Your Weekly Constitutional on RADIO IQ & RADIO IQ w/BBC News

Sundays at 7:00 pm on RADIO IQ & RADIO IQ w/BBC News

Everyone seems to have an opinion about the Constitution these days. But how many of these people have any idea what they're talking about? How many have even read the Constitution? Well, we have. Our host, Stewart Harris, is an award-winning teacher of Constitutional Law, and he loves to talk about interesting constitutional issues, from gay rights to gun rights, in a balanced, nonpartisan way. Underwritten by the home of the Father of the Constitution, James Madison's Montpelier, Your Weekly Constitutional is a lively, thoughtful program produced by Harris Productions, LLC at NPR affiliate WETS 89.5-FM. Professor Harris interviews intriguing people--lawyers, authors, activists, even an occasional governor or U.S. Senator--to produce fascinating facts, stories and analysis. Add some shorter features like the Constitutional Quiz and the Madison Minute, and you get a show with thousands of fans all over the world, from Massachusetts to Madagascar.

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Program Headlines

  • Friday, April 17, 2015 8:06am
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    In Part I, we told you about John Marshall, our first great Chief Justice, and the home he built in Richmond, Virginia. But we only had time to tour half of the house. Please join Stewart and Jen Hurst-Wender of Preservation Virginia as we finish our tour!
  • Friday, April 10, 2015 7:35am
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    John Marshall wasn't the first, nor the second, nor even the third. He was actually the fourth Chief Justice of the United States. But he was the first great Chief Justice, and probably the greatest of all time. He was also a husband, a father, a slave owner and a renowned host. The many facets of Marshall's life are on display at the house he built in Richmond, Virginia, the city where he also built his career and spent most of his life. We recently went on a guided tour of the John Marshall House with Preservation Virginia's Jennifer Hurst-Wender. Now you can come along.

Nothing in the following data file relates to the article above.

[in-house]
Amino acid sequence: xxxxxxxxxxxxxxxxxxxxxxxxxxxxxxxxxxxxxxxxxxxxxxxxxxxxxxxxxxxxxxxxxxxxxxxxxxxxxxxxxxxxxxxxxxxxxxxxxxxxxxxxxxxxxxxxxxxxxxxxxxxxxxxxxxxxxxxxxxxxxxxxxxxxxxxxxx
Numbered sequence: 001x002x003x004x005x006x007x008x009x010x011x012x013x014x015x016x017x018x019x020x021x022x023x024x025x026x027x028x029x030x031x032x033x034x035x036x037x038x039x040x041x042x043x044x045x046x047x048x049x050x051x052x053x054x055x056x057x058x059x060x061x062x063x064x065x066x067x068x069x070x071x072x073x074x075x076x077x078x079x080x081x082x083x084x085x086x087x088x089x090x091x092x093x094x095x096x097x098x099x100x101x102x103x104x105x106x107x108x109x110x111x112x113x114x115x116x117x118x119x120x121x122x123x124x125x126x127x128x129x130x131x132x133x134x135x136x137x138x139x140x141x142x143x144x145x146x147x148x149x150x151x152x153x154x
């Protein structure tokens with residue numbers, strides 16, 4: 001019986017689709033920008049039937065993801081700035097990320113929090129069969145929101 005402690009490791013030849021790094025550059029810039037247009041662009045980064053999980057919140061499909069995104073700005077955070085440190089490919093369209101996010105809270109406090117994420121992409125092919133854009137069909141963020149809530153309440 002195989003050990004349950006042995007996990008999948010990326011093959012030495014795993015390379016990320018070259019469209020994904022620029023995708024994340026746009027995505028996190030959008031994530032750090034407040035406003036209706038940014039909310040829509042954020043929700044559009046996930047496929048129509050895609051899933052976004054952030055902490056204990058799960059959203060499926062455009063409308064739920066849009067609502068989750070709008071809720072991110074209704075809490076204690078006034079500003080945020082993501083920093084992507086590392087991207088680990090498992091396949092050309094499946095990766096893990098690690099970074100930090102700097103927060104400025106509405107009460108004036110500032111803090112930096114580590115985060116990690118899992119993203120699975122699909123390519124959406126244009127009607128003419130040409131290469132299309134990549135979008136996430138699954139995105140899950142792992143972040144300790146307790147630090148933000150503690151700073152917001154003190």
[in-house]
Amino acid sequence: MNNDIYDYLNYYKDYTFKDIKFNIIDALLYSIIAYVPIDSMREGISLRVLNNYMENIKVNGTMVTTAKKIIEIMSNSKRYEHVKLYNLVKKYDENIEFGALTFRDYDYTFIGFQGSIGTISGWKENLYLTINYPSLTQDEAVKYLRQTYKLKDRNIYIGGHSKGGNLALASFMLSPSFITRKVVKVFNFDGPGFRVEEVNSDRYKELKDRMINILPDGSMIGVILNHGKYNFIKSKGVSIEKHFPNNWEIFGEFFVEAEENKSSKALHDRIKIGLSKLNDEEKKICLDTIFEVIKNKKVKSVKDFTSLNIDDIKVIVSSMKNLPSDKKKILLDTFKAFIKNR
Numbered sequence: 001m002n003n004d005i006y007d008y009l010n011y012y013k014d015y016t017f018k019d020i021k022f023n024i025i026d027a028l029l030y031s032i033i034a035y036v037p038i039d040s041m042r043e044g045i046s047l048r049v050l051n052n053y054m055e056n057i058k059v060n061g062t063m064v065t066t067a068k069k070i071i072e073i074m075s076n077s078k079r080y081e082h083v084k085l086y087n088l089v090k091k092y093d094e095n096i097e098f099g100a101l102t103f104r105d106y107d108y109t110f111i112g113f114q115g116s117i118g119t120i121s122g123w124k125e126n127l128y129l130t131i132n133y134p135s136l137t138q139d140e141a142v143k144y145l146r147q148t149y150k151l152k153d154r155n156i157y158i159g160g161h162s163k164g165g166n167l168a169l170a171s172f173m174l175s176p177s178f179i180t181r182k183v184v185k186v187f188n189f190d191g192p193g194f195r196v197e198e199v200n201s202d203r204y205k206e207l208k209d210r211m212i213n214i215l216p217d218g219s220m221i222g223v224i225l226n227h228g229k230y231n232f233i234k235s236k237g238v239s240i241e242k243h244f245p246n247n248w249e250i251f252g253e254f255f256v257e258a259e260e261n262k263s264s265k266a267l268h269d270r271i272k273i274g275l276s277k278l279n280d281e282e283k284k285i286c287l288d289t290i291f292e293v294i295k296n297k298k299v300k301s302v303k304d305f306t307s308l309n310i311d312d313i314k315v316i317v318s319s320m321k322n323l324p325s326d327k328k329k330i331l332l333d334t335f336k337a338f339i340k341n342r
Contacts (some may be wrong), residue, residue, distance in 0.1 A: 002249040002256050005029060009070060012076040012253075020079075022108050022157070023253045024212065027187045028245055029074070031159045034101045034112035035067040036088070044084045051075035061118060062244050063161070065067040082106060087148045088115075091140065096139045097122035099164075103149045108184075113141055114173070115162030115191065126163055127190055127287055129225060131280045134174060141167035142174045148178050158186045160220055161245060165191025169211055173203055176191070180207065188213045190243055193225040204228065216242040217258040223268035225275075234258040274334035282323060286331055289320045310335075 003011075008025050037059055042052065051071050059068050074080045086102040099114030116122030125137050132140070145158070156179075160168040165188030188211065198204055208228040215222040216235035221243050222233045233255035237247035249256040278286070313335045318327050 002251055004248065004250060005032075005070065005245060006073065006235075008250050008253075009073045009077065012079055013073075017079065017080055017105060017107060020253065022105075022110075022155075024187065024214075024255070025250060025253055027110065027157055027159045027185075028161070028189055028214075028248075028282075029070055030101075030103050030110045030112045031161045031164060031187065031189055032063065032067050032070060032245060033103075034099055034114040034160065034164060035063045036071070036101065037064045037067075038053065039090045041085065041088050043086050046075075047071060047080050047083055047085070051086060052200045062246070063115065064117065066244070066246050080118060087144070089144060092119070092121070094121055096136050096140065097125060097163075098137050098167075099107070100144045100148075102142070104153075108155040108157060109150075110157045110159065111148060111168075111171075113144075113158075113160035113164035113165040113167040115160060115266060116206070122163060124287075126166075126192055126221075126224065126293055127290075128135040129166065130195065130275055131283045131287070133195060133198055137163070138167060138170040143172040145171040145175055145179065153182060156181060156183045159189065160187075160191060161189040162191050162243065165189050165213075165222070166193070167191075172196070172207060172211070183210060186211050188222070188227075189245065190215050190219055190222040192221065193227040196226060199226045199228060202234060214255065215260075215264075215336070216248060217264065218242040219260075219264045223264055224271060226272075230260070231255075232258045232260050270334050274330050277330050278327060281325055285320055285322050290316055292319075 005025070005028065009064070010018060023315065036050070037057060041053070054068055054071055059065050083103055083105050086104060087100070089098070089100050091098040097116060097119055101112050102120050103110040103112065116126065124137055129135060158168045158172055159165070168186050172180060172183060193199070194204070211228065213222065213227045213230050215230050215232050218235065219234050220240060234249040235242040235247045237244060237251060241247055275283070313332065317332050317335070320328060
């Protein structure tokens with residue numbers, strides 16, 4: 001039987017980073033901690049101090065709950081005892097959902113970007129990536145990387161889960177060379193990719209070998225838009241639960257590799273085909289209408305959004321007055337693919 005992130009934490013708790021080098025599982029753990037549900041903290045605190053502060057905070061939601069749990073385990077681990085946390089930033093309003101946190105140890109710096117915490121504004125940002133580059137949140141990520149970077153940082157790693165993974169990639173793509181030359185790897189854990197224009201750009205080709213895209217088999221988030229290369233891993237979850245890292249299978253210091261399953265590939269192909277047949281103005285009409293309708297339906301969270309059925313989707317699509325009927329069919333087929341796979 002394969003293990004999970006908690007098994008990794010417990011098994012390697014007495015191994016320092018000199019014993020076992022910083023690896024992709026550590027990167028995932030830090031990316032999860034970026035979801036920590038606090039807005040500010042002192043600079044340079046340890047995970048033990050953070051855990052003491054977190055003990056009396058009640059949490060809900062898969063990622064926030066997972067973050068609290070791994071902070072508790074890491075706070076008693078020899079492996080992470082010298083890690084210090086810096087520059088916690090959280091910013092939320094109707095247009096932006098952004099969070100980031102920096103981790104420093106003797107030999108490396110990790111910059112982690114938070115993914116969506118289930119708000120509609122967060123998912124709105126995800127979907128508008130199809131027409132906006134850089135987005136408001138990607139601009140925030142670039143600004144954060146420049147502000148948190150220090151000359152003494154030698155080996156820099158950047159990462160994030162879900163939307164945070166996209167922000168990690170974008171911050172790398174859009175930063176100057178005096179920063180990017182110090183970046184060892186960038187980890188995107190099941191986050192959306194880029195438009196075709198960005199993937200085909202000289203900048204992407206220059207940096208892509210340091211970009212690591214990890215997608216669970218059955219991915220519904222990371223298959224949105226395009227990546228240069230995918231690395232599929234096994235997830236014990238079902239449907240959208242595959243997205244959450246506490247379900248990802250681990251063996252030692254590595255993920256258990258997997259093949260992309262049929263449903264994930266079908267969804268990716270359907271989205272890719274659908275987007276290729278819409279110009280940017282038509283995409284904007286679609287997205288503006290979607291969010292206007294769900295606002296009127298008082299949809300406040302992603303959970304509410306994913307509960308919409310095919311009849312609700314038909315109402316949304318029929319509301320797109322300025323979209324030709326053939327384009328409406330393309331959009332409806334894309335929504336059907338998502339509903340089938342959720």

• Friday, April 3, 2015 8:11am
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    The Texas branch of the Sons of Confederate Veterans has proposed a specialty license plate. Texas has refused to produce one. Wait, isn't this a free speech issue? Doesn't the First Amendment apply? According to our First Amendment Guy, Doug McKechnie, it all depends upon who's doing the talking. Join us!
  • Friday, March 27, 2015 8:34am
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    Only one of the original 13 states refused to ratify the Constitution. Do you know which one? Okay, now that you've looked at the picture, do you know why? Join us for a complete and entertaining explanation from Thomas Howard of the Robert H. Smith Center for the Constitution at Montpelier. It's a fascinating tale, with twists, turns and serious conflicts, some of which persist to this day.
  • Friday, March 20, 2015 7:39am
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    Is the U.S. Constitution more than just law? More than politics? Is it, perhaps, literature? Maybe even an epic poem? Garrett Epps thinks so. Join us, and find out why.